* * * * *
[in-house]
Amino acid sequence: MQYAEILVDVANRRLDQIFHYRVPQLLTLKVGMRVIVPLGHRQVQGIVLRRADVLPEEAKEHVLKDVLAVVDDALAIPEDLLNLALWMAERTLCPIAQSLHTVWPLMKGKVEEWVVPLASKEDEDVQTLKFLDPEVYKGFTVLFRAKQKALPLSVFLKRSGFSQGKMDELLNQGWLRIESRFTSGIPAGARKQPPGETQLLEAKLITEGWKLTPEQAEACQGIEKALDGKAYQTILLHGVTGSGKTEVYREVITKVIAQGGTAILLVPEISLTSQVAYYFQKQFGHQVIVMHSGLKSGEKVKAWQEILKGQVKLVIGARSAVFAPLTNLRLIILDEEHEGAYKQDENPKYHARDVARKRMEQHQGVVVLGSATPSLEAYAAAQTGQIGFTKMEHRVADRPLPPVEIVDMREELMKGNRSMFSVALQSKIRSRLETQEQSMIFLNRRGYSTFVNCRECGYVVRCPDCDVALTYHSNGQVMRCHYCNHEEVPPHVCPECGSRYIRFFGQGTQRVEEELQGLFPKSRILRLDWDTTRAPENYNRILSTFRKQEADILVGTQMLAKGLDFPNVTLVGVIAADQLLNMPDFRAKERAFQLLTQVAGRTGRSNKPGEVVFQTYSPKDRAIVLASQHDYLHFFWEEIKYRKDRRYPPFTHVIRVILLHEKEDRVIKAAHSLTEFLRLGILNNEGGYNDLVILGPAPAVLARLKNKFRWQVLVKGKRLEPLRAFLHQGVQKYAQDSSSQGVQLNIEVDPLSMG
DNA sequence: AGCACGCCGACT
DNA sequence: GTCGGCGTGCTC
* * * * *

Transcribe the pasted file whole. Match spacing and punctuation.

[in-house]
Amino acid sequence: MQYAEILVDVANRRLDQIFHYRVPQLLTLKVGMRVIVPLGHRQVQGIVLRRADVLPEEAKEHVLKDVLAVVDDALAIPEDLLNLALWMAERTLCPIAQSLHTVWPLMKGKVEEWVVPLASKEDEDVQTLKFLDPEVYKGFTVLFRAKQKALPLSVFLKRSGFSQGKMDELLNQGWLRIESRFTSGIPAGARKQPPGETQLLEAKLITEGWKLTPEQAEACQGIEKALDGKAYQTILLHGVTGSGKTEVYREVITKVIAQGGTAILLVPEISLTSQVAYYFQKQFGHQVIVMHSGLKSGEKVKAWQEILKGQVKLVIGARSAVFAPLTNLRLIILDEEHEGAYKQDENPKYHARDVARKRMEQHQGVVVLGSATPSLEAYAAAQTGQIGFTKMEHRVADRPLPPVEIVDMREELMKGNRSMFSVALQSKIRSRLETQEQSMIFLNRRGYSTFVNCRECGYVVRCPDCDVALTYHSNGQVMRCHYCNHEEVPPHVCPECGSRYIRFFGQGTQRVEEELQGLFPKSRILRLDWDTTRAPENYNRILSTFRKQEADILVGTQMLAKGLDFPNVTLVGVIAADQLLNMPDFRAKERAFQLLTQVAGRTGRSNKPGEVVFQTYSPKDRAIVLASQHDYLHFFWEEIKYRKDRRYPPFTHVIRVILLHEKEDRVIKAAHSLTEFLRLGILNNEGGYNDLVILGPAPAVLARLKNKFRWQVLVKGKRLEPLRAFLHQGVQKYAQDSSSQGVQLNIEVDPLSMG
DNA sequence: AGCACGCCGACT
DNA sequence: GTCGGCGTGCTC